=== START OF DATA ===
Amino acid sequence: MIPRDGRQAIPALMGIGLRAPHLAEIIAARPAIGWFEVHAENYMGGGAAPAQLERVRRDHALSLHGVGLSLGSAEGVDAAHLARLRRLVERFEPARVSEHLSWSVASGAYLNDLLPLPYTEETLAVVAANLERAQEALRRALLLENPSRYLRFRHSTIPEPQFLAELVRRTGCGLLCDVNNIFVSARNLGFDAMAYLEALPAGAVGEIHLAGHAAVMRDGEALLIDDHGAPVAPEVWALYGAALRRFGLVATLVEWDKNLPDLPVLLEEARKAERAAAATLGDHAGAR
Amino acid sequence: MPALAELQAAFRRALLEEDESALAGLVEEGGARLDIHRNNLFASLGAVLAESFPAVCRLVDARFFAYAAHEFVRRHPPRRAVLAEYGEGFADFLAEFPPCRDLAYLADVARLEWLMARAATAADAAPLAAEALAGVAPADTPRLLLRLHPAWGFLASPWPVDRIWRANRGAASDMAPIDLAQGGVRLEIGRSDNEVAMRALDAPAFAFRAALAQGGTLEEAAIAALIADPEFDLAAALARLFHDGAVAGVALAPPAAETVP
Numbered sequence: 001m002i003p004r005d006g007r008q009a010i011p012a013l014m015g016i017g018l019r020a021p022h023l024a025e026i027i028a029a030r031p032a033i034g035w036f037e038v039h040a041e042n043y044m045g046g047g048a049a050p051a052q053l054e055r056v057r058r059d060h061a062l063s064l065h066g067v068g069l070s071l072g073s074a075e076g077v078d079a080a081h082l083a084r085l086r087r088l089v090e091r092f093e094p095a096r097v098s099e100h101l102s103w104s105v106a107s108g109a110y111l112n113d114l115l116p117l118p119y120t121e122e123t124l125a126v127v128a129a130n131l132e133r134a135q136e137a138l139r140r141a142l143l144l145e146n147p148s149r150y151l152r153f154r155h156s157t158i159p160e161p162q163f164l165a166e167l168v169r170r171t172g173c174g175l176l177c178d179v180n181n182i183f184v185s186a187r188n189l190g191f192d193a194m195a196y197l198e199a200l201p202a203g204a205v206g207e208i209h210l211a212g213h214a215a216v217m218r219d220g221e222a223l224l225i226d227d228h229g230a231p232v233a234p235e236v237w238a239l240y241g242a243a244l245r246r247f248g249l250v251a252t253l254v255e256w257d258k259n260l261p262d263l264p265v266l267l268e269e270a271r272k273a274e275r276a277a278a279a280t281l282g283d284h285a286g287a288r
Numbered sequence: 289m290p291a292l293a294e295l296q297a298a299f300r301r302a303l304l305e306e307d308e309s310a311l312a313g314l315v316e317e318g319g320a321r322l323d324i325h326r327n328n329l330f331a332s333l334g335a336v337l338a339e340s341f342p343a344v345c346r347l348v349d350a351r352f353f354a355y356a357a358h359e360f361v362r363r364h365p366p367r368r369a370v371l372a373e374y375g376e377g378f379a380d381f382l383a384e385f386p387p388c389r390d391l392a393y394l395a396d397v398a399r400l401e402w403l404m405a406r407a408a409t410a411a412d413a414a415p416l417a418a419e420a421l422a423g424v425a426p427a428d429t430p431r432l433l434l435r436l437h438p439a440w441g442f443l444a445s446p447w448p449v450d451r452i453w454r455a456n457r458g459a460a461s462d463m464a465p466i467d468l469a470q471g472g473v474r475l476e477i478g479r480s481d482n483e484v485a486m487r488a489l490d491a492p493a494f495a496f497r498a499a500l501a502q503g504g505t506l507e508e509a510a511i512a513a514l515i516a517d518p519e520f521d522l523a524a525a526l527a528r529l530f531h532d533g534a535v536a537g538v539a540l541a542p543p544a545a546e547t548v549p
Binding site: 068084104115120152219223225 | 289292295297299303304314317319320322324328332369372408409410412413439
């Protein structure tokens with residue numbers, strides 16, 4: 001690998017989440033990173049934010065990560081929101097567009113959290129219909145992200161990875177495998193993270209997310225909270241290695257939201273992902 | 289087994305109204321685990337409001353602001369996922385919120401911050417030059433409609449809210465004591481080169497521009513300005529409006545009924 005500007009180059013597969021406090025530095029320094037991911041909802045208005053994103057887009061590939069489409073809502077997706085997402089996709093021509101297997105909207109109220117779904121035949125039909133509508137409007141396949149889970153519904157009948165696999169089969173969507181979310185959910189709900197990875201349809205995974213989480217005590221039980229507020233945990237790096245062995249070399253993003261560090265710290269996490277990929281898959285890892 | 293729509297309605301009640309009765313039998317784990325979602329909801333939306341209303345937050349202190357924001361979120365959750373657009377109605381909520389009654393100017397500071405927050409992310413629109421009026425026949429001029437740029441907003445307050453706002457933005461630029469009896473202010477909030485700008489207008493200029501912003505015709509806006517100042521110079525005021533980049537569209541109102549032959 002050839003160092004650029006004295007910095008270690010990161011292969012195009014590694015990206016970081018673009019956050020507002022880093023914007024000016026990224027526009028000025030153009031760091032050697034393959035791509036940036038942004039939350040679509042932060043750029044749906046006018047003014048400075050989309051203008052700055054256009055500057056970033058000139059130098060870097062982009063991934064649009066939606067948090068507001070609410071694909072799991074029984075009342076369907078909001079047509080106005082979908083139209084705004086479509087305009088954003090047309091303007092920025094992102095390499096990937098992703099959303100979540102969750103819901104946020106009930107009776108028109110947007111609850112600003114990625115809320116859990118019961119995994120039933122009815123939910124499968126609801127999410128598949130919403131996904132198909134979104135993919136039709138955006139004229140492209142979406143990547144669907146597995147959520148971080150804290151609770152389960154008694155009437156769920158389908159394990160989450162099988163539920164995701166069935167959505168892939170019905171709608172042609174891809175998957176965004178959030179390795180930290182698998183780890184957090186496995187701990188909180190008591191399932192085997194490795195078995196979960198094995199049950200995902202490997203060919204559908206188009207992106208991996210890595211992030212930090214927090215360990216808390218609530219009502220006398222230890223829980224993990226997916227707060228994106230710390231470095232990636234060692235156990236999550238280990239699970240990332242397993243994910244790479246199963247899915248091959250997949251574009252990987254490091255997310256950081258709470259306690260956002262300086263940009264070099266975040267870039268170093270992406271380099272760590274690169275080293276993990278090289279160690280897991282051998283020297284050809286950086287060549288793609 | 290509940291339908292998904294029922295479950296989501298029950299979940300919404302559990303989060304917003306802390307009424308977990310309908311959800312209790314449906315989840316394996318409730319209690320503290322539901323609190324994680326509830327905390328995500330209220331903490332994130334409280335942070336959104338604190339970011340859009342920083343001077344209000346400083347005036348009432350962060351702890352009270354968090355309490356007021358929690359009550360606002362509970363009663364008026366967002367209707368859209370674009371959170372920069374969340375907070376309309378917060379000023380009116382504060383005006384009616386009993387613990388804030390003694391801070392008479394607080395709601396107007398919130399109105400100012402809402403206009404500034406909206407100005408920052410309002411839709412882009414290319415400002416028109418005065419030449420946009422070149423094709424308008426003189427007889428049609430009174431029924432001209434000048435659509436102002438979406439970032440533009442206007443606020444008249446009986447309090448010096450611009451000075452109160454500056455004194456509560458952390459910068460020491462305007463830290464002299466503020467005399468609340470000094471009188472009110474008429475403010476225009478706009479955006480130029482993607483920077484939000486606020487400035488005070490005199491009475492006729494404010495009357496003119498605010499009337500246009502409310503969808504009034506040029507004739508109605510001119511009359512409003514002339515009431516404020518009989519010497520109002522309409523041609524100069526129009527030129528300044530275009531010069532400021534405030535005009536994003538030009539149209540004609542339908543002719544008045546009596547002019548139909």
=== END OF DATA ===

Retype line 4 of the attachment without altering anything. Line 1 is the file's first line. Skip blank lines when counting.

Numbered sequence: 289m290p291a292l293a294e295l296q297a298a299f300r301r302a303l304l305e306e307d308e309s310a311l312a313g314l315v316e317e318g319g320a321r322l323d324i325h326r327n328n329l330f331a332s333l334g335a336v337l338a339e340s341f342p343a344v345c346r347l348v349d350a351r352f353f354a355y356a357a358h359e360f361v362r363r364h365p366p367r368r369a370v371l372a373e374y375g376e377g378f379a380d381f382l383a384e385f386p387p388c389r390d391l392a393y394l395a396d397v398a399r400l401e402w403l404m405a406r407a408a409t410a411a412d413a414a415p416l417a418a419e420a421l422a423g424v425a426p427a428d429t430p431r432l433l434l435r436l437h438p439a440w441g442f443l444a445s446p447w448p449v450d451r452i453w454r455a456n457r458g459a460a461s462d463m464a465p466i467d468l469a470q471g472g473v474r475l476e477i478g479r480s481d482n483e484v485a486m487r488a489l490d491a492p493a494f495a496f497r498a499a500l501a502q503g504g505t506l507e508e509a510a511i512a513a514l515i516a517d518p519e520f521d522l523a524a525a526l527a528r529l530f531h532d533g534a535v536a537g538v539a540l541a542p543p544a545a546e547t548v549p